In a further embodiment of the present invention, illustrated in FIGS. 10-14, a measurement system 110 includes a three-axis stage assembly 112 supporting an optical microscope assembly 114 that interfaces with a digital CCD camera 116 and television monitor 118 under the control of a suitably programmed controller or computer 120. Television frames of the eye are analyzed on the fly to store in memory unique signal signatures associated with in-focus features and their measured location between the cornea and the iris. The system includes an engagement mechanism 122 to engage and disengage with an existing slit lamp microscope 124. In an alternative, the system may be configured as a stand-alone measurement system used solely for making anterior chamber distance measurements.

Referring more particularly to FIG. 11, the measurement system includes three motorized precision stages that move the optical axis of the optical microscope assembly in the X, Y and Z direction in front of the eye 140, under control of the computer 120. The microscope assembly 114 is mounted on top of the three motor controlled stage axes that are stacked on top of each other. The X-axis stage 130 is used to move the optical axis to either eye and to the precise area in the eye where a measurement is to be made. The Y-axis stage 132 is used to move the focal plane of the microscope assembly to the cornea and to the iris, or any other elements in the anterior chamber, where distance measurements are to be made. The Z-axis stage 134 is used to move the optical axis up and down to predetermined vertical positions in the eye where measurements are to be made.

The optical microscope assembly 114 works in conjunction with the digital camera 116 such that images of the eye are observable on the television monitor. In this embodiment, the slit lamp's stereo microscope with eyepiece is not needed. The three-axis stage assembly, located below the microscope, supports and moves the microscope assembly to reach all parts of both eyes where measurements are needed.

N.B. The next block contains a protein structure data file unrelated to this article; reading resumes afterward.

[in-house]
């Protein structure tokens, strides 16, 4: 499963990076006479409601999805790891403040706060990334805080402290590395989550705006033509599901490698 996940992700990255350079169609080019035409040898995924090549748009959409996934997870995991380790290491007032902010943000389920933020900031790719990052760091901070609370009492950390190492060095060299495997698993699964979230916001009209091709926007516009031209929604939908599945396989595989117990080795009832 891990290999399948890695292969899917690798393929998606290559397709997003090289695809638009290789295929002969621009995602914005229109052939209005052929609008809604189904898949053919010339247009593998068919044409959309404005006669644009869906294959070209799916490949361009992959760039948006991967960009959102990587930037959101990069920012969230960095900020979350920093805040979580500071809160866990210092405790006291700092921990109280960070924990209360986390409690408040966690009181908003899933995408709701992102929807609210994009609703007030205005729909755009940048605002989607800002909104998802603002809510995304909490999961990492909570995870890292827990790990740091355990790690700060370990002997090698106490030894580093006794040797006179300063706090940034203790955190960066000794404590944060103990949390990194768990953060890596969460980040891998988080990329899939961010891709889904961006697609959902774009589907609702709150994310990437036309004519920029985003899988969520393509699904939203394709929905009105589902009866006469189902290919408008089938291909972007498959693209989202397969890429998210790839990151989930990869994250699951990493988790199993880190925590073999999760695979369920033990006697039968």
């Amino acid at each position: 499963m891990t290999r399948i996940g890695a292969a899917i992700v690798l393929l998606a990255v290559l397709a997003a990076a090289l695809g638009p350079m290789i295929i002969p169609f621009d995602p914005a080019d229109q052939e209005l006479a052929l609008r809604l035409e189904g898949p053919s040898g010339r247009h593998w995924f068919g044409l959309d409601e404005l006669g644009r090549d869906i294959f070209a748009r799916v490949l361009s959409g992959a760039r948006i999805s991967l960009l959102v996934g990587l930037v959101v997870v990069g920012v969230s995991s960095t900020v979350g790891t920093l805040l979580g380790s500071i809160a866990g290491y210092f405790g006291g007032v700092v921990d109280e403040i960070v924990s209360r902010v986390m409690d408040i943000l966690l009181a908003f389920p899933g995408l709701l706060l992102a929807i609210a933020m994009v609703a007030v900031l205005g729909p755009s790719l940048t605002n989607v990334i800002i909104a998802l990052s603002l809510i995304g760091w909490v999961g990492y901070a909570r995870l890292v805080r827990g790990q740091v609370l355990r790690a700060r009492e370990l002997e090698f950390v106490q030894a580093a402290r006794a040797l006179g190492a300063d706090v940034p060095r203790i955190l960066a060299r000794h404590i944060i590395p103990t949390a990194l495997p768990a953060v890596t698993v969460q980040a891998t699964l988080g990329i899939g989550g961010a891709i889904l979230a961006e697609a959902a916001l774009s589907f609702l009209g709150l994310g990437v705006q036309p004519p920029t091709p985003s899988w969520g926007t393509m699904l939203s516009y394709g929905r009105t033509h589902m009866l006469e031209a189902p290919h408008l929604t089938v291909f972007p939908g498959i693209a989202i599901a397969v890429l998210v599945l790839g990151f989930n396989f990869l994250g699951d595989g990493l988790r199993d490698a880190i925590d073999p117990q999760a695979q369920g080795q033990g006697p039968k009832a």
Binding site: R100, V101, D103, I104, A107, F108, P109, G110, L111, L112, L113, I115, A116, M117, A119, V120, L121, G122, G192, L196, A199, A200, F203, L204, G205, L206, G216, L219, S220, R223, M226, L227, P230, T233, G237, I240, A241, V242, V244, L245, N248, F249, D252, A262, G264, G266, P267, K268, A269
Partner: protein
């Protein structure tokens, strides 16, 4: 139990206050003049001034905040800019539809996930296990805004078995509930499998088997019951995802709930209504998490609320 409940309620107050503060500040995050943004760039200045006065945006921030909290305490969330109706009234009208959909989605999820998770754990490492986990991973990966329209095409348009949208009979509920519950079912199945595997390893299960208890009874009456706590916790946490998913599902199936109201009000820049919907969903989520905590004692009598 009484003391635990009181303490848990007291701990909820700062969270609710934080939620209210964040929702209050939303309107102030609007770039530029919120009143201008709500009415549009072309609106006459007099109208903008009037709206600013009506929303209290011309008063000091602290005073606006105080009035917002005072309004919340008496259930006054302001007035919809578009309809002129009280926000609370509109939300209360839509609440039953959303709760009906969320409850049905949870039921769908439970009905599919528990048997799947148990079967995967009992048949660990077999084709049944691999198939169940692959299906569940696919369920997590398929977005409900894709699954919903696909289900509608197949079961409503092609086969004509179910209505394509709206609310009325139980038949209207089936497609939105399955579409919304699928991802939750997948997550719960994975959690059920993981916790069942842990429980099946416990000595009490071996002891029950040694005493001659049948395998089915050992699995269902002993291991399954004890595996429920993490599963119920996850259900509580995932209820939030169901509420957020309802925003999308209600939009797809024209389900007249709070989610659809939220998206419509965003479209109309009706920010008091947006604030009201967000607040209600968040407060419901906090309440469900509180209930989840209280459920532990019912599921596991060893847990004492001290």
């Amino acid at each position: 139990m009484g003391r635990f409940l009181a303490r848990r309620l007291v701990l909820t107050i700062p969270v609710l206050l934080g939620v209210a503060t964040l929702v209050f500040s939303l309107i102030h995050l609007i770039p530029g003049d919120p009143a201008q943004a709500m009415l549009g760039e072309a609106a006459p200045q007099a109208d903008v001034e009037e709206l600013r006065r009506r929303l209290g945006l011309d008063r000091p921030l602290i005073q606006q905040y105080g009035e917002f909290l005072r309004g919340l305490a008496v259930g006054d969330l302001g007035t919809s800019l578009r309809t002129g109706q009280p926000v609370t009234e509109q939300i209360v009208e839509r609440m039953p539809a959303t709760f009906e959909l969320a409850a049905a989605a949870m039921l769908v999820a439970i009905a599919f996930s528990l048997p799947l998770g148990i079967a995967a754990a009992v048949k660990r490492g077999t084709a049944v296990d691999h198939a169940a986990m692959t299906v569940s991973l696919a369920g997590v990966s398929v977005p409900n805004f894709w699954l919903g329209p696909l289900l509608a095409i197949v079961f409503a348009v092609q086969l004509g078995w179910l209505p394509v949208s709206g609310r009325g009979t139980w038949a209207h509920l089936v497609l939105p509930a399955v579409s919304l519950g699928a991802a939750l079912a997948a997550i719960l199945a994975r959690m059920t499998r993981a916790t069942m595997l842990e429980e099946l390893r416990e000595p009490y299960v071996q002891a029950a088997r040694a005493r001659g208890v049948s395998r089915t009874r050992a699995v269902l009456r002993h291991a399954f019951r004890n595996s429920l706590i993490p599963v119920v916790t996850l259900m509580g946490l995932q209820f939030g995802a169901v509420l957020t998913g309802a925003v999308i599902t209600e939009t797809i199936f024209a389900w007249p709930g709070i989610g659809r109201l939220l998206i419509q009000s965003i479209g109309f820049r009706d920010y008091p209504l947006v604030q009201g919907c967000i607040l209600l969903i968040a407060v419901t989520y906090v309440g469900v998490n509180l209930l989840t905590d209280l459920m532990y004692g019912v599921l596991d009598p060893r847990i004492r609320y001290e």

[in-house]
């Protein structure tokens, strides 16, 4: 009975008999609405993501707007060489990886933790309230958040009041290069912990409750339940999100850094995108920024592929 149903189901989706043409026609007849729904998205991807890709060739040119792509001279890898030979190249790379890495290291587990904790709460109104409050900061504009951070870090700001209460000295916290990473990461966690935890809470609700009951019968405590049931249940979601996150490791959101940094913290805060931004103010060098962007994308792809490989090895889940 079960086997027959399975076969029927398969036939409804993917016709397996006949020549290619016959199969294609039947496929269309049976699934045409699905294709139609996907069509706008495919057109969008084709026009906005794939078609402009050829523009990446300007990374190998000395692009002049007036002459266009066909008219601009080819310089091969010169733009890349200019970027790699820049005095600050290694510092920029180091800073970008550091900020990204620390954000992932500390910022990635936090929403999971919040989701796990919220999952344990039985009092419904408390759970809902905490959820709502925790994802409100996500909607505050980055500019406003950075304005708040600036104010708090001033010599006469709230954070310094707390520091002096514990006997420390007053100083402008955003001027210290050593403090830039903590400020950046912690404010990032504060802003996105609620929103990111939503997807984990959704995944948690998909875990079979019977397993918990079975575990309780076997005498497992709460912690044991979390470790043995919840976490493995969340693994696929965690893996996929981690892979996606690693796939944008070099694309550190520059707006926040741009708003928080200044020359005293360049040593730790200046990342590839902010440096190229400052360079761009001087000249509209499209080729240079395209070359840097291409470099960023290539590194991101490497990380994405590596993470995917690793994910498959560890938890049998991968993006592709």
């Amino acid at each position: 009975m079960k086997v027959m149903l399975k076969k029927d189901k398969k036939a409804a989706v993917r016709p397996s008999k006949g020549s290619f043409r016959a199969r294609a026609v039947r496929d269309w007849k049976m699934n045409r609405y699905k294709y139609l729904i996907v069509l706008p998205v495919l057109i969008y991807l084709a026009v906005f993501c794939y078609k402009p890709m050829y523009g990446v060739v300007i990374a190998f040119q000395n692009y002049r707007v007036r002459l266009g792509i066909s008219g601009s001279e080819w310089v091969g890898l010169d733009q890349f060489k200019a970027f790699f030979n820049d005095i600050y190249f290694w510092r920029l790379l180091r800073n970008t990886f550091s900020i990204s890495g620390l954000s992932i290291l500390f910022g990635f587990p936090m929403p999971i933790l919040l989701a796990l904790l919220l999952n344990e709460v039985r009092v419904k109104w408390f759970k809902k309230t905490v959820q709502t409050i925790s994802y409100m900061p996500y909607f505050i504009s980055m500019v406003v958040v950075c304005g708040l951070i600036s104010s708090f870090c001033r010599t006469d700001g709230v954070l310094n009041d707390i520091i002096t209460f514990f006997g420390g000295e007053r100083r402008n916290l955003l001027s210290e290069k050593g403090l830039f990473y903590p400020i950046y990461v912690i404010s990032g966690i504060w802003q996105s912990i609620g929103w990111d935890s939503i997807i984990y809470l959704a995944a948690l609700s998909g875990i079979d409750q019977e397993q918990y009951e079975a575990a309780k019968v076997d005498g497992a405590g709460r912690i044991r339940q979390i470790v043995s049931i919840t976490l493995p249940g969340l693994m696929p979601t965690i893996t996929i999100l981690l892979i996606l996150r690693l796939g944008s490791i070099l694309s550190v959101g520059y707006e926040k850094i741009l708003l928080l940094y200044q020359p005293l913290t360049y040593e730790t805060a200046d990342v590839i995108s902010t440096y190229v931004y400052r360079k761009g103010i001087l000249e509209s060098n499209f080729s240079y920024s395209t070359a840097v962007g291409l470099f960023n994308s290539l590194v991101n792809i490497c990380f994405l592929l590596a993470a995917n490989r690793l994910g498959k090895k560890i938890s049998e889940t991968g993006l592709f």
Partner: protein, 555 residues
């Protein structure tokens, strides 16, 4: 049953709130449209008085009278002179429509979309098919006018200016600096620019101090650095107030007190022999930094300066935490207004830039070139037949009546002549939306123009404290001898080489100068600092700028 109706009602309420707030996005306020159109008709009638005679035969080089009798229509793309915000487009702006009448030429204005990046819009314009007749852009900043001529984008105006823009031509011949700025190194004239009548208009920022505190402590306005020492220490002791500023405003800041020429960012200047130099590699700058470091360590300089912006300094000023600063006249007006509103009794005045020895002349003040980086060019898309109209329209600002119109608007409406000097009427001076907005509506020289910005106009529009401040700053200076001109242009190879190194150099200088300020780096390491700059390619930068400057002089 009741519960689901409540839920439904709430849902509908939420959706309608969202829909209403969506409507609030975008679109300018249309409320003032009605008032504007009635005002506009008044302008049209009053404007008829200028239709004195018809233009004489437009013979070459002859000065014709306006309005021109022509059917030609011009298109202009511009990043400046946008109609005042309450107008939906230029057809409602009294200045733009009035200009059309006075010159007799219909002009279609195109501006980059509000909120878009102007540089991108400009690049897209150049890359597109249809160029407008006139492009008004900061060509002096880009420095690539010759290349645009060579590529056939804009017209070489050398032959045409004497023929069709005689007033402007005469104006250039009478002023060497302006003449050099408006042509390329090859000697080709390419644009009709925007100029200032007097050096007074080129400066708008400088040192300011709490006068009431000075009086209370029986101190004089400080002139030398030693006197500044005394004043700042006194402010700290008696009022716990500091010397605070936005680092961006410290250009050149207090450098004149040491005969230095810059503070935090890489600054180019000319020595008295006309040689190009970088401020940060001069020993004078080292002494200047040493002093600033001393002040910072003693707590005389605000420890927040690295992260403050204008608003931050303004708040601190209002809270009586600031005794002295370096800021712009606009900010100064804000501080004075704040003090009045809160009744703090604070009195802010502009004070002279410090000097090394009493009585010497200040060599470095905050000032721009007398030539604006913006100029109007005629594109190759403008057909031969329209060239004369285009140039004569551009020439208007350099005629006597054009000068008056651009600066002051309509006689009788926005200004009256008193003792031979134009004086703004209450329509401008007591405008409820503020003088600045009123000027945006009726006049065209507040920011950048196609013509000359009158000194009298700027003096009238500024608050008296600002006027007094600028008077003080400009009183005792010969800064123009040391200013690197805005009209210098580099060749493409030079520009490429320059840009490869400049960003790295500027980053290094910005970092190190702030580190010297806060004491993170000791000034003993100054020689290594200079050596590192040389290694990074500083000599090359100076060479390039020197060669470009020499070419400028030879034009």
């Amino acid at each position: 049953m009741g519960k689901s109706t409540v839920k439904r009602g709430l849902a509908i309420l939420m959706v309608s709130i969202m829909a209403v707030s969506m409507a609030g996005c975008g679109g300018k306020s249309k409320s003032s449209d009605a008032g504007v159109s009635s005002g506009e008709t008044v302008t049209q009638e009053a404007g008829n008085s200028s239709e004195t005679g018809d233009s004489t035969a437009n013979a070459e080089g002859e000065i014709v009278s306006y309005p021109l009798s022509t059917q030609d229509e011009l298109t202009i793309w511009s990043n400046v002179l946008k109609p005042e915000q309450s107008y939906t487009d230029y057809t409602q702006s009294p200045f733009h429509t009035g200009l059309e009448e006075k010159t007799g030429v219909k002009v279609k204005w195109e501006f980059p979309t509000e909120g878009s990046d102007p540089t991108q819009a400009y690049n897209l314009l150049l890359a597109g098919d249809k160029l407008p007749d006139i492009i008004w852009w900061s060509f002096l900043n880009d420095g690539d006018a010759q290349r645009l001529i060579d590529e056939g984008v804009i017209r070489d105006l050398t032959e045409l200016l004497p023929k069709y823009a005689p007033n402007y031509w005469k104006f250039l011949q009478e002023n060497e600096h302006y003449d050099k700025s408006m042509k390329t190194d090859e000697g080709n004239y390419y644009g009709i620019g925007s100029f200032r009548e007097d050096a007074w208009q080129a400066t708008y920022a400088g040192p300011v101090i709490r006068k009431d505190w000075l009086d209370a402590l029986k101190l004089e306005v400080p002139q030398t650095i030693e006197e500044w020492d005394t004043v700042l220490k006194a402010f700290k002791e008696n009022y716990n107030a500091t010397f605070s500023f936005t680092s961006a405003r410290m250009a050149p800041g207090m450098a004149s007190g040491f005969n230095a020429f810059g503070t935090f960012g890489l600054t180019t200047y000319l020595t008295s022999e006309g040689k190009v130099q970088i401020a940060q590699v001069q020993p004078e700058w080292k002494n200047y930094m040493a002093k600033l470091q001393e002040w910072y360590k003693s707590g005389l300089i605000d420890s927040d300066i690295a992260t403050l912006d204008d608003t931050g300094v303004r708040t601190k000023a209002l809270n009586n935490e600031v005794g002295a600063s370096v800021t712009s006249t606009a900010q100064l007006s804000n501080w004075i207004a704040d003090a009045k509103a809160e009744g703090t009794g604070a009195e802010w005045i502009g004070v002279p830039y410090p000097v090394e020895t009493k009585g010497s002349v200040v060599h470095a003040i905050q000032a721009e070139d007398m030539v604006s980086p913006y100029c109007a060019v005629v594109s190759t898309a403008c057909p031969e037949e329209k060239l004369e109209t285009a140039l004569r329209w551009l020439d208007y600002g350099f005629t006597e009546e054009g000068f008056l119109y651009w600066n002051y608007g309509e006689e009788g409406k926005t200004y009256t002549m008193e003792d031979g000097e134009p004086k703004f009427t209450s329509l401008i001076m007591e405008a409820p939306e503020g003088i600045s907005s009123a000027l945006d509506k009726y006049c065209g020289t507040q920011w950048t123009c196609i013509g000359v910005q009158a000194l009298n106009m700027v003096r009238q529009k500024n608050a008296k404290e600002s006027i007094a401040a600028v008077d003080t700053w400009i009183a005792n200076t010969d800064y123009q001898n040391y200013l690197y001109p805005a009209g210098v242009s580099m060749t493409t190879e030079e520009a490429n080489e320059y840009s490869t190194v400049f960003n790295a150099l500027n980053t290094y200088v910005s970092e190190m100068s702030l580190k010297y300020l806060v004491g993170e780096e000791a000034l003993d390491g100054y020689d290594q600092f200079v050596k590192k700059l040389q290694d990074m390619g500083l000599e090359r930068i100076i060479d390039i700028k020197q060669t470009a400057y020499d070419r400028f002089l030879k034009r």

The optical microscope 114 is selected to have a magnification factor sufficient to discern features within the eye and to provide a field of view sufficient to locate a desired region of the eye. In the present embodiment, the microscope assembly includes an objective lens 136 and a tube lens 138 to focus the image onto the camera 116. Suitable microscopes, cameras, and television monitors are commercially available. An illumination light source may also be part of the microscope assembly. Alternatively, a slit lamp illumination may be used, such as when the system is part of a conventional slit lamp eye examination table 124. The microscope assembly 114 is positioned to look directly into the patient's eye 140 and focus on the cornea's internal surface and subsequently on the iris. This optical assembly is mounted on top of the three-axis motor driven and computer controlled motion stage assembly 112 to manipulate the optics to aim at important areas of the eye, where measurements are to be made, as directed by the user.